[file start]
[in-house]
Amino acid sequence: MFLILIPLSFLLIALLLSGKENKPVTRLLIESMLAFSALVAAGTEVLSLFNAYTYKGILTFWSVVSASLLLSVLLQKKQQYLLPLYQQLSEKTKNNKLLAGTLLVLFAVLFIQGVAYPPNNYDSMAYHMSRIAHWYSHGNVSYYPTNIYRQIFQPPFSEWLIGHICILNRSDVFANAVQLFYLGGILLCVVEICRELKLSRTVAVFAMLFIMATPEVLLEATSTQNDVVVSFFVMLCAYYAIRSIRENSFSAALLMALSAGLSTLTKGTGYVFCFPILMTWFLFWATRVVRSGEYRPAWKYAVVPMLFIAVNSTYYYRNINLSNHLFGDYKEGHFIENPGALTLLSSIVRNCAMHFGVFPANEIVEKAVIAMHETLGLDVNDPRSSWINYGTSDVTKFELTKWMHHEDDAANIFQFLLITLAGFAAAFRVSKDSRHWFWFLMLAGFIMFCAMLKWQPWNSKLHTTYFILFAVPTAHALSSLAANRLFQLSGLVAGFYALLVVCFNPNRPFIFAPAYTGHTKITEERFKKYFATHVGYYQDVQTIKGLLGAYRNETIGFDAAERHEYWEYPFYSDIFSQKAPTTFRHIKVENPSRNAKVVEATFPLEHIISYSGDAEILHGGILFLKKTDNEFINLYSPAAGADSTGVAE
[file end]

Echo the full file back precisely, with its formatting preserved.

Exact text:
[in-house]
Amino acid sequence: MFLILIPLSFLLIALLLSGKENKPVTRLLIESMLAFSALVAAGTEVLSLFNAYTYKGILTFWSVVSASLLLSVLLQKKQQYLLPLYQQLSEKTKNNKLLAGTLLVLFAVLFIQGVAYPPNNYDSMAYHMSRIAHWYSHGNVSYYPTNIYRQIFQPPFSEWLIGHICILNRSDVFANAVQLFYLGGILLCVVEICRELKLSRTVAVFAMLFIMATPEVLLEATSTQNDVVVSFFVMLCAYYAIRSIRENSFSAALLMALSAGLSTLTKGTGYVFCFPILMTWFLFWATRVVRSGEYRPAWKYAVVPMLFIAVNSTYYYRNINLSNHLFGDYKEGHFIENPGALTLLSSIVRNCAMHFGVFPANEIVEKAVIAMHETLGLDVNDPRSSWINYGTSDVTKFELTKWMHHEDDAANIFQFLLITLAGFAAAFRVSKDSRHWFWFLMLAGFIMFCAMLKWQPWNSKLHTTYFILFAVPTAHALSSLAANRLFQLSGLVAGFYALLVVCFNPNRPFIFAPAYTGHTKITEERFKKYFATHVGYYQDVQTIKGLLGAYRNETIGFDAAERHEYWEYPFYSDIFSQKAPTTFRHIKVENPSRNAKVVEATFPLEHIISYSGDAEILHGGILFLKKTDNEFINLYSPAAGADSTGVAE